Missed the special on TV? Want to see it again? Walmart.com has put up a pre-order for the Blu Ray + DVD release of “LEGO Star Wars: The Padawan Menace.” The Blu Ray includes an exclusive “Young Han Solo” minifigure. While this figure has no exclusive parts, it’s a neat little incentive to pre-order. Price is $13.00 with free shipping.
Best part? The release also includes crisp, high-definition versions of:
- Hunt for R2-D2
- Bombad Bounty
- Star Wars in Two Minutes (Part 1)
- Star Wars in Two Minutes (Part 2)
- Star Wars Clone Wars In Cinema
Full details HERE.
Revealed last week, Hallmark is entering the LEGO Star Wars market with a new ornament of a LEGO Darth Vader minifigure. The ornament goes on sale in October for $14.95. They had a few on display at the San Diego Comic Con which I was happy to take pictures of. The Dark Lord is a pretty good size for an ornament, much larger than an actual minifigure and around the same average size for their other figure ornaments. My only gripe is that the cape seems all too narrow. In some views, especially head on, it seems like he doesn’t even have one on. You just see a hint of it. I would have like to have seen a much larger sweeping cape, one that is immediately noticeable without having to purposefully look for it. Still, not bad for the first product out of the gate.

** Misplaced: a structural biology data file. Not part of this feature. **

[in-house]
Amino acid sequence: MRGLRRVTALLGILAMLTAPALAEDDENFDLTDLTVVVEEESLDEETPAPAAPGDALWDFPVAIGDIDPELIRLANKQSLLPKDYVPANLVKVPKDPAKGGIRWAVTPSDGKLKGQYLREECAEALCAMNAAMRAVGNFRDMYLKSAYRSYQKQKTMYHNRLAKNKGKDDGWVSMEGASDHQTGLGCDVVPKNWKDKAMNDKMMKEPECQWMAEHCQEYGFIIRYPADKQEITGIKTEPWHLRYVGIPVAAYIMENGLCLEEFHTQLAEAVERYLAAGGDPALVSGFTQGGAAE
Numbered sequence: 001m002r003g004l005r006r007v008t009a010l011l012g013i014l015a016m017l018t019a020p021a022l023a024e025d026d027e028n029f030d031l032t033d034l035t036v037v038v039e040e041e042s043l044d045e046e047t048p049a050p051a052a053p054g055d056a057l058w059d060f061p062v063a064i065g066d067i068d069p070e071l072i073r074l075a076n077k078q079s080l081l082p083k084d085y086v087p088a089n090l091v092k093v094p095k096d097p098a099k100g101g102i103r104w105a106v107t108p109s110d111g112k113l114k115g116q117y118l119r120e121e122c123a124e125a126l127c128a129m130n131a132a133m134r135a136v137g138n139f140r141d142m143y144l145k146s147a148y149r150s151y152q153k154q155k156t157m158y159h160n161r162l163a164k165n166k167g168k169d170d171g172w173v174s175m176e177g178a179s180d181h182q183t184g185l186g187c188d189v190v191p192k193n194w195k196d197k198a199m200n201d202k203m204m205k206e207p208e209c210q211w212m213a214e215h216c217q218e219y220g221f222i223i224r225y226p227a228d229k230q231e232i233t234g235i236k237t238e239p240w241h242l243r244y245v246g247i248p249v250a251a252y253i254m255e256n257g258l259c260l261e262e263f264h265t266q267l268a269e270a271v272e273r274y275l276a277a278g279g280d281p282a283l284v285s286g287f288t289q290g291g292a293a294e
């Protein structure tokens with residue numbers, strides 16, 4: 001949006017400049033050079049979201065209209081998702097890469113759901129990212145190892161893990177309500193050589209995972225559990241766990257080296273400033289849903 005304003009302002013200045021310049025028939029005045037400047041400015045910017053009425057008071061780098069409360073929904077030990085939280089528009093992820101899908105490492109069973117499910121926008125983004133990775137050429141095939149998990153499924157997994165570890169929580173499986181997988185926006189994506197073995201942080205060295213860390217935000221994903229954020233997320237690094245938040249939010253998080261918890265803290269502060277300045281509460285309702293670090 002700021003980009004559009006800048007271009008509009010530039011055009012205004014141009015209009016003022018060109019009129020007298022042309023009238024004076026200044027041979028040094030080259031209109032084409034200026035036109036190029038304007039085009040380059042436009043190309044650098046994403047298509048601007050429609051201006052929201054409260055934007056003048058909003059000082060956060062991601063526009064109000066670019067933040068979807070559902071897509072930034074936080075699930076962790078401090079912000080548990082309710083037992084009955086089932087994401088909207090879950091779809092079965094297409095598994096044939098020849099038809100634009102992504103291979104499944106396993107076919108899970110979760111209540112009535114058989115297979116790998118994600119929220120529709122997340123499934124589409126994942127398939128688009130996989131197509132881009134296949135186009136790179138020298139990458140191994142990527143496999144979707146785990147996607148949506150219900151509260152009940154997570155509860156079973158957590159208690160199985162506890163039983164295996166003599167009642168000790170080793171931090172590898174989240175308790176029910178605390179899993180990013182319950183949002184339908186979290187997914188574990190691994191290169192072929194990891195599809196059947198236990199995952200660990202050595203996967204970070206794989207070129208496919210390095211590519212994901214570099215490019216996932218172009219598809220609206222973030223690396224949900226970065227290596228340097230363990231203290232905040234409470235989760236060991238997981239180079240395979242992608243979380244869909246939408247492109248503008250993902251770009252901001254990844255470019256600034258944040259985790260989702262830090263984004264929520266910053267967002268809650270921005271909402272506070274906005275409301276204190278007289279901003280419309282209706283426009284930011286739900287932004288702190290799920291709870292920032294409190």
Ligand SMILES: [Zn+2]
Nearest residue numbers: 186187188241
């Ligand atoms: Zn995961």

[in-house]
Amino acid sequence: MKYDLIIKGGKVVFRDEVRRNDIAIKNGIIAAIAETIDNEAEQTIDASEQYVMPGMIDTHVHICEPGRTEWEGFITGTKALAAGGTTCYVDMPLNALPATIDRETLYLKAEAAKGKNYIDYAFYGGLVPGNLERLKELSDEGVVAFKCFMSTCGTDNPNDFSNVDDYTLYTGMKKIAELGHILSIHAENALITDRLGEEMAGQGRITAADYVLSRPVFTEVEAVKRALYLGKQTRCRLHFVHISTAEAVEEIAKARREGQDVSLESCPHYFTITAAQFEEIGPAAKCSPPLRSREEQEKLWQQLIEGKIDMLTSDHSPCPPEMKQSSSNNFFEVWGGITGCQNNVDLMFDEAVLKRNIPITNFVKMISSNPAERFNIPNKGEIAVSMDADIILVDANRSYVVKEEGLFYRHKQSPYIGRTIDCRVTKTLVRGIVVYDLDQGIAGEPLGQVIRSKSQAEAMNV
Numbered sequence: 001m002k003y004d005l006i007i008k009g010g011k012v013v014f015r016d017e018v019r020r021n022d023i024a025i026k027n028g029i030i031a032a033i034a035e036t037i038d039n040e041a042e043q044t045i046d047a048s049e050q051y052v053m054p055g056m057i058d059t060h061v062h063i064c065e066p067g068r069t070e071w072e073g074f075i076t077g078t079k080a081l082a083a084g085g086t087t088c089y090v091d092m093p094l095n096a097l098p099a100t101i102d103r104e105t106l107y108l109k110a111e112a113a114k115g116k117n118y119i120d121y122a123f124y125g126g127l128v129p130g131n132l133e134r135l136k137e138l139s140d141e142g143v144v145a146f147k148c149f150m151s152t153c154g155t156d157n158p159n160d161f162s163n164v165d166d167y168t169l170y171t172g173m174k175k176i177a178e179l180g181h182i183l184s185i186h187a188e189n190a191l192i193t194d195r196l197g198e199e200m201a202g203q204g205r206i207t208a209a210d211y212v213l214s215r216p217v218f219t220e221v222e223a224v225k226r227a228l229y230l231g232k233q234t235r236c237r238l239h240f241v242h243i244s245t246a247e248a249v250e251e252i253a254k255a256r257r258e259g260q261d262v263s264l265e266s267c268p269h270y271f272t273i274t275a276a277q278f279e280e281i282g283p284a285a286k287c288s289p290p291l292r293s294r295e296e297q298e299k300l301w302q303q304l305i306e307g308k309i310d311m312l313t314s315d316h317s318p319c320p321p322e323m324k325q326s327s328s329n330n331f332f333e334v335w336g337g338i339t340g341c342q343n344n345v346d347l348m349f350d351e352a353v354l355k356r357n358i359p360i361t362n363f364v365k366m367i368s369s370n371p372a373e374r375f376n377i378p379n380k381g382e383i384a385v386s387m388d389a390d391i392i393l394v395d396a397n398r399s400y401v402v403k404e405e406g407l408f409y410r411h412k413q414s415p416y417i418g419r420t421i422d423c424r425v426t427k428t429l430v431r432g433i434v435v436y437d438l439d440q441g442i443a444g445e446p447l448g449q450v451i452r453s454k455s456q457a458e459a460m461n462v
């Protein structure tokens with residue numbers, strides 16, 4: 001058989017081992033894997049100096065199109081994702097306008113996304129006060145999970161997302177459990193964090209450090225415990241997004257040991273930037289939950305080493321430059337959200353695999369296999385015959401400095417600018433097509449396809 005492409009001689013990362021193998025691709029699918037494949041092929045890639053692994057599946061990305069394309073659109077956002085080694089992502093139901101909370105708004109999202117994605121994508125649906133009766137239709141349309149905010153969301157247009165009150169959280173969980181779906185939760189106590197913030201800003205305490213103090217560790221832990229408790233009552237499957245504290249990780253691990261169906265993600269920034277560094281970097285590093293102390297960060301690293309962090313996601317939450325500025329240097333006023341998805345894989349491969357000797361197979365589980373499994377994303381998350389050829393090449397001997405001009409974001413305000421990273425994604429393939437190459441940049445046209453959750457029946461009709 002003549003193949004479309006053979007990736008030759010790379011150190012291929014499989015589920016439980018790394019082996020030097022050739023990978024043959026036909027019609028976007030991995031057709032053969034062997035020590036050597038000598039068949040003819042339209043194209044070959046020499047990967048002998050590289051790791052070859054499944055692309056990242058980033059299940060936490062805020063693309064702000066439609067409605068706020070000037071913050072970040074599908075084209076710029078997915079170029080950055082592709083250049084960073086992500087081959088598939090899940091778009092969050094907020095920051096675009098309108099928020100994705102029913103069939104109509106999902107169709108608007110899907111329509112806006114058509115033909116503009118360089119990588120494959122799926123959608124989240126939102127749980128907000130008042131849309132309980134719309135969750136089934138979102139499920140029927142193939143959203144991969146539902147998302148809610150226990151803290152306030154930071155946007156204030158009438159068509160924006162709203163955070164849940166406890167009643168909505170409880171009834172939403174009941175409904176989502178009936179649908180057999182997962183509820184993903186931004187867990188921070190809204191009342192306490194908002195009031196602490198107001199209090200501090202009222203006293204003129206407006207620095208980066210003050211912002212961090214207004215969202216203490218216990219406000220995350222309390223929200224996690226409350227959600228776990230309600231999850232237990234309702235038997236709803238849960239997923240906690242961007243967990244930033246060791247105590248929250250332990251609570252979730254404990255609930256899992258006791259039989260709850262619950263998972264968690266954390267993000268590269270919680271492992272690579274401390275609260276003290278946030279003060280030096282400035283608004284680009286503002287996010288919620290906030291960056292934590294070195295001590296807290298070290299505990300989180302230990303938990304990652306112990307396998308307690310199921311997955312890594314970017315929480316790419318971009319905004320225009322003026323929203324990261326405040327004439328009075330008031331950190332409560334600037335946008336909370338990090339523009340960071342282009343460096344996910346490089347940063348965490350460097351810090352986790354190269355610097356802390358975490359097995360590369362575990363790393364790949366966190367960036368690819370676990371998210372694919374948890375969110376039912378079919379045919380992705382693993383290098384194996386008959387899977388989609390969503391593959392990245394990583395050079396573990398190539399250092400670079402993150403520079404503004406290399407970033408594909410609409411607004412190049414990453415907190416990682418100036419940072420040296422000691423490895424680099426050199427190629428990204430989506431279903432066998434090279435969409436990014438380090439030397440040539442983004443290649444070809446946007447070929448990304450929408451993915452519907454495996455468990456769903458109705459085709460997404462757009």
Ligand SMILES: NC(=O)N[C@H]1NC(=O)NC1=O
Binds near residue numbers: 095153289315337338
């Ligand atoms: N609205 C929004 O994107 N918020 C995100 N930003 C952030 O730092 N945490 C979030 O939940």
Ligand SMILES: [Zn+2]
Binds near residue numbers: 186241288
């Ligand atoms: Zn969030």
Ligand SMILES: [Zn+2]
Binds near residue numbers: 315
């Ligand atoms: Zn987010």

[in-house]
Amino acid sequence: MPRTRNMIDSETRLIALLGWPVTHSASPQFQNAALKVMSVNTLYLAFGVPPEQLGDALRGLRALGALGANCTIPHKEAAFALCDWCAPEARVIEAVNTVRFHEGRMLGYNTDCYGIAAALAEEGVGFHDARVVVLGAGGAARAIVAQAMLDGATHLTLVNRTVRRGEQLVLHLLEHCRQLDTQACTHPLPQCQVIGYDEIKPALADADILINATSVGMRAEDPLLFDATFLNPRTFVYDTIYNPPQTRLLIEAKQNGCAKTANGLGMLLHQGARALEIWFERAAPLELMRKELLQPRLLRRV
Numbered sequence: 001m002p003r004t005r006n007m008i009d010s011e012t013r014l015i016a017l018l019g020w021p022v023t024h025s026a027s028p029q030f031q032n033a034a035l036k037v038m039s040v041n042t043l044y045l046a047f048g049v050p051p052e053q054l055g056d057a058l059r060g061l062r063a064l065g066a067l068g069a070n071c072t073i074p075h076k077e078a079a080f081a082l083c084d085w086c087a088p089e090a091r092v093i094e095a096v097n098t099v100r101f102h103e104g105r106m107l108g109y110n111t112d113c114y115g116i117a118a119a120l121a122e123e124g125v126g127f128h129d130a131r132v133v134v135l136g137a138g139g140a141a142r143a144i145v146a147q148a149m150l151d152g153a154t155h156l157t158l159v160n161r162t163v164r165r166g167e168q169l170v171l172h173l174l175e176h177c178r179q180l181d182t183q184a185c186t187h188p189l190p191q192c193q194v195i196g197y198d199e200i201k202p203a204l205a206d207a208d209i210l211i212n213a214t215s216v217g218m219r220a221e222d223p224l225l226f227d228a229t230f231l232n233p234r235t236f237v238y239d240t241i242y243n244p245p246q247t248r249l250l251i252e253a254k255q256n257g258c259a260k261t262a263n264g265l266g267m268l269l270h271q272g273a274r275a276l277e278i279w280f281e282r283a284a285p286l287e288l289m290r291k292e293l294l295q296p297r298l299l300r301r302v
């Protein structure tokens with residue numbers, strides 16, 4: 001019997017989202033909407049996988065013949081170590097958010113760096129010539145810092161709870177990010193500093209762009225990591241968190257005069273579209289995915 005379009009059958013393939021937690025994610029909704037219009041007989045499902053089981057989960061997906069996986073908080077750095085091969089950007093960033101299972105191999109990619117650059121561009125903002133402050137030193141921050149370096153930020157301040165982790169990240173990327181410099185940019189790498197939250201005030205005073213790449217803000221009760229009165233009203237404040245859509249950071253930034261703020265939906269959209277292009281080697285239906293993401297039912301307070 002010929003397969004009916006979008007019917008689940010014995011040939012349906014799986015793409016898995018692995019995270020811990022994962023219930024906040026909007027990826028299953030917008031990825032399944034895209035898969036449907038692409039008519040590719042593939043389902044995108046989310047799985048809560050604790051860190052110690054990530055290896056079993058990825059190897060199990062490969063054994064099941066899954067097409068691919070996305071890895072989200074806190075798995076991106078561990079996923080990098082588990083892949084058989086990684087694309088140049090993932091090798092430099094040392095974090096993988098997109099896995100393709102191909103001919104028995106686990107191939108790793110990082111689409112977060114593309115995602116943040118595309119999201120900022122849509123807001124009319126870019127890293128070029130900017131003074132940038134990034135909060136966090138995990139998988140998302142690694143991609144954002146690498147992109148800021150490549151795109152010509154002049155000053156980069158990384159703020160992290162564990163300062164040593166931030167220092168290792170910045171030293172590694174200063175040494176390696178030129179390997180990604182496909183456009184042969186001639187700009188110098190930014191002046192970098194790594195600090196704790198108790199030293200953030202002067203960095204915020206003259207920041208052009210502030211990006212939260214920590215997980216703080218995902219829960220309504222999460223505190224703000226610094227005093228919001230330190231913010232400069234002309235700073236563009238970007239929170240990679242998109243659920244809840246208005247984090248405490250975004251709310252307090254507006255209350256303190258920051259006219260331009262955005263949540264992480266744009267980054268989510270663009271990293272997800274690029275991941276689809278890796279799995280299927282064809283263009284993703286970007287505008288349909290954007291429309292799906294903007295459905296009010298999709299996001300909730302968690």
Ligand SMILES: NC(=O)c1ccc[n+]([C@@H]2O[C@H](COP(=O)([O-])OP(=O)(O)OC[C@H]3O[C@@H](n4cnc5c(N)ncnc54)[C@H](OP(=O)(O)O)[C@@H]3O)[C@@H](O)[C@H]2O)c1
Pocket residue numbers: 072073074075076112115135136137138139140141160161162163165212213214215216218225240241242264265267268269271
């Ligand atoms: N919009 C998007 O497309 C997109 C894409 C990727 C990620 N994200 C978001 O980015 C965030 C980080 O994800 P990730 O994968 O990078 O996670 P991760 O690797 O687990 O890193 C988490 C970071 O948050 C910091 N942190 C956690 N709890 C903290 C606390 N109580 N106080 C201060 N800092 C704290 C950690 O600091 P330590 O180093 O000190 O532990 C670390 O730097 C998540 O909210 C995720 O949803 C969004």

Hallmark will also be selling a series of party accessories based around LEGO Star Wars such as bags, cups, plates, etc.
But the biggest news is that they had a little sign showing a sneak peek what next year’s LEGO Star Wars ornament was going to be for 2012: Stormtrooper. LEGO hasn’t used the loudhailer and 1×1 round stud as a blaster for awhile now, so I’m not sure why they are using it for the ornament. Perhaps it was a licensing issue but I really wish they had sculpted in a blaster instead. It does give the figure a bit of nostalgia, though, for old timers like me.
They need to do everyone’s favorite pair of droids next.
Did you attend the LEGO Star Wars Panel in Room 7AB at the San Diego Comic Con last Friday?
Yeah, me neither.